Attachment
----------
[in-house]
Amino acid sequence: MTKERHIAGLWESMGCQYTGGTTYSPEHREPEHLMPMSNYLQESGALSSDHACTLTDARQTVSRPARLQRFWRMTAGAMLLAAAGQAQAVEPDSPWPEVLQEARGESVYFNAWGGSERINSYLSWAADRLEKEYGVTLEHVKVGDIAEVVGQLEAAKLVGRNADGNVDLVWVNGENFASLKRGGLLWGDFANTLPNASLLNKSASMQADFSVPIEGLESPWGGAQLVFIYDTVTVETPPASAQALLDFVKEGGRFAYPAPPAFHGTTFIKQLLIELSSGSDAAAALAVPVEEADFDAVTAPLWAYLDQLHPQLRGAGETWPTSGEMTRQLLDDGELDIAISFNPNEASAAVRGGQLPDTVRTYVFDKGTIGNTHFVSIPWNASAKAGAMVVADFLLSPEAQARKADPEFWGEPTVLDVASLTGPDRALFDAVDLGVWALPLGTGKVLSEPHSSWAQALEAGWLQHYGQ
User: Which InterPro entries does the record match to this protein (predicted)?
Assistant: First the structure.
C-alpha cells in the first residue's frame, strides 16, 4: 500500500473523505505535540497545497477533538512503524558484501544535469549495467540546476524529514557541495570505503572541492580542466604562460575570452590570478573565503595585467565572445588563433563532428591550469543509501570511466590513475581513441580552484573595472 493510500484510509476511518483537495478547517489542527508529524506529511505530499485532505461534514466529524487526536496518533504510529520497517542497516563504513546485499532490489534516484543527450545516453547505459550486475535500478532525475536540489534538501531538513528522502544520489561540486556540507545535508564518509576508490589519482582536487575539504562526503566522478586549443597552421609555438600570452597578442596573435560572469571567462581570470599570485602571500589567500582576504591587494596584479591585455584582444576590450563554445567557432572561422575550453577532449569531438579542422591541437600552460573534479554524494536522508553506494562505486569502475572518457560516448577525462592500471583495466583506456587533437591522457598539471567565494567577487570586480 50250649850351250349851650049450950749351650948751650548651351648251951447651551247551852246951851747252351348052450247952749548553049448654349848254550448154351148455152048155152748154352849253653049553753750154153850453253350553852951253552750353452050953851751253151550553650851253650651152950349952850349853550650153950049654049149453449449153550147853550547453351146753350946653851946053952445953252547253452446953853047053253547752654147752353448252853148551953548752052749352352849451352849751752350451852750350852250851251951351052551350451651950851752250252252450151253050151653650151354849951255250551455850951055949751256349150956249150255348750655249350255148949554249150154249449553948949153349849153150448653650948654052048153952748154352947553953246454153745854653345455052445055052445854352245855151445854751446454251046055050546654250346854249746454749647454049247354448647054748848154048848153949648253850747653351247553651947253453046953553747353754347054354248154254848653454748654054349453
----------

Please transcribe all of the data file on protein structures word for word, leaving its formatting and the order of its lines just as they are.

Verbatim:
[in-house]
Amino acid sequence: MTKERHIAGLWESMGCQYTGGTTYSPEHREPEHLMPMSNYLQESGALSSDHACTLTDARQTVSRPARLQRFWRMTAGAMLLAAAGQAQAVEPDSPWPEVLQEARGESVYFNAWGGSERINSYLSWAADRLEKEYGVTLEHVKVGDIAEVVGQLEAAKLVGRNADGNVDLVWVNGENFASLKRGGLLWGDFANTLPNASLLNKSASMQADFSVPIEGLESPWGGAQLVFIYDTVTVETPPASAQALLDFVKEGGRFAYPAPPAFHGTTFIKQLLIELSSGSDAAAALAVPVEEADFDAVTAPLWAYLDQLHPQLRGAGETWPTSGEMTRQLLDDGELDIAISFNPNEASAAVRGGQLPDTVRTYVFDKGTIGNTHFVSIPWNASAKAGAMVVADFLLSPEAQARKADPEFWGEPTVLDVASLTGPDRALFDAVDLGVWALPLGTGKVLSEPHSSWAQALEAGWLQHYGQ
User: Which InterPro entries does the record match to this protein (predicted)?
Assistant: First the structure.
C-alpha cells in the first residue's frame, strides 16, 4: 500500500473523505505535540497545497477533538512503524558484501544535469549495467540546476524529514557541495570505503572541492580542466604562460575570452590570478573565503595585467565572445588563433563532428591550469543509501570511466590513475581513441580552484573595472 493510500484510509476511518483537495478547517489542527508529524506529511505530499485532505461534514466529524487526536496518533504510529520497517542497516563504513546485499532490489534516484543527450545516453547505459550486475535500478532525475536540489534538501531538513528522502544520489561540486556540507545535508564518509576508490589519482582536487575539504562526503566522478586549443597552421609555438600570452597578442596573435560572469571567462581570470599570485602571500589567500582576504591587494596584479591585455584582444576590450563554445567557432572561422575550453577532449569531438579542422591541437600552460573534479554524494536522508553506494562505486569502475572518457560516448577525462592500471583495466583506456587533437591522457598539471567565494567577487570586480 50250649850351250349851650049450950749351650948751650548651351648251951447651551247551852246951851747252351348052450247952749548553049448654349848254550448154351148455152048155152748154352849253653049553753750154153850453253350553852951253552750353452050953851751253151550553650851253650651152950349952850349853550650153950049654049149453449449153550147853550547453351146753350946653851946053952445953252547253452446953853047053253547752654147752353448252853148551953548752052749352352849451352849751752350451852750350852250851251951351052551350451651950851752250252252450151253050151653650151354849951255250551455850951055949751256349150956249150255348750655249350255148949554249150154249449553948949153349849153150448653650948654052048153952748154352947553953246454153745854653345455052445055052445854352245855151445854751446454251046055050546654250346854249746454749647454049247354448647054748848154048848153949648253850747653351247553651947253453046953553747353754347054354248154254848653454748654054349453